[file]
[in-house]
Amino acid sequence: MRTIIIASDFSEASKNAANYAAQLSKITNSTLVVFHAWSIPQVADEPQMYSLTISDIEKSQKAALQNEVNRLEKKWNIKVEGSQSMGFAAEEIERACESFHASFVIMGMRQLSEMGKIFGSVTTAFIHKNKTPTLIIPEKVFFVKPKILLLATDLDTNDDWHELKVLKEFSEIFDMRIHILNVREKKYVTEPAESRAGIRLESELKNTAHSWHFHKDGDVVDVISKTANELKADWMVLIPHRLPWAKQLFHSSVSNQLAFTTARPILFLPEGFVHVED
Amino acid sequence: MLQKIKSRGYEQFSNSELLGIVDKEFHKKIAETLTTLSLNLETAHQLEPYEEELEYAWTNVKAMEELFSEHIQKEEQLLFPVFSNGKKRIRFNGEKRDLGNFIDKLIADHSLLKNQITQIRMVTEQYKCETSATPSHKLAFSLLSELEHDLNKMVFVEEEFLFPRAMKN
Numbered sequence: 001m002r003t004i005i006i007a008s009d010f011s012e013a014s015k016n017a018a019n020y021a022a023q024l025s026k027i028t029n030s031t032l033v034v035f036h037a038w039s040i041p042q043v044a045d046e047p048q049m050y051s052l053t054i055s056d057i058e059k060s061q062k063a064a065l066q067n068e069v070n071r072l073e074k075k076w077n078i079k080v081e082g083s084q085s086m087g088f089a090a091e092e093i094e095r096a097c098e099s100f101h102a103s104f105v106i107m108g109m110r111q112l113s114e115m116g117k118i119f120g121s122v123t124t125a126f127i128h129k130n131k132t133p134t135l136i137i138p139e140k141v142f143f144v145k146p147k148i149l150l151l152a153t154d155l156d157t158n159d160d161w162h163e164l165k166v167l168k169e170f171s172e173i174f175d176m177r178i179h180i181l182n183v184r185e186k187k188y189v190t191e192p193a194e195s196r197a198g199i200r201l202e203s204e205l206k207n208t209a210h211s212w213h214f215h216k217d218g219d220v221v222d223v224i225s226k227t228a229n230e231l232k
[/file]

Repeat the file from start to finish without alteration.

[in-house]
Amino acid sequence: MRTIIIASDFSEASKNAANYAAQLSKITNSTLVVFHAWSIPQVADEPQMYSLTISDIEKSQKAALQNEVNRLEKKWNIKVEGSQSMGFAAEEIERACESFHASFVIMGMRQLSEMGKIFGSVTTAFIHKNKTPTLIIPEKVFFVKPKILLLATDLDTNDDWHELKVLKEFSEIFDMRIHILNVREKKYVTEPAESRAGIRLESELKNTAHSWHFHKDGDVVDVISKTANELKADWMVLIPHRLPWAKQLFHSSVSNQLAFTTARPILFLPEGFVHVED
Amino acid sequence: MLQKIKSRGYEQFSNSELLGIVDKEFHKKIAETLTTLSLNLETAHQLEPYEEELEYAWTNVKAMEELFSEHIQKEEQLLFPVFSNGKKRIRFNGEKRDLGNFIDKLIADHSLLKNQITQIRMVTEQYKCETSATPSHKLAFSLLSELEHDLNKMVFVEEEFLFPRAMKN
Numbered sequence: 001m002r003t004i005i006i007a008s009d010f011s012e013a014s015k016n017a018a019n020y021a022a023q024l025s026k027i028t029n030s031t032l033v034v035f036h037a038w039s040i041p042q043v044a045d046e047p048q049m050y051s052l053t054i055s056d057i058e059k060s061q062k063a064a065l066q067n068e069v070n071r072l073e074k075k076w077n078i079k080v081e082g083s084q085s086m087g088f089a090a091e092e093i094e095r096a097c098e099s100f101h102a103s104f105v106i107m108g109m110r111q112l113s114e115m116g117k118i119f120g121s122v123t124t125a126f127i128h129k130n131k132t133p134t135l136i137i138p139e140k141v142f143f144v145k146p147k148i149l150l151l152a153t154d155l156d157t158n159d160d161w162h163e164l165k166v167l168k169e170f171s172e173i174f175d176m177r178i179h180i181l182n183v184r185e186k187k188y189v190t191e192p193a194e195s196r197a198g199i200r201l202e203s204e205l206k207n208t209a210h211s212w213h214f215h216k217d218g219d220v221v222d223v224i225s226k227t228a229n230e231l232k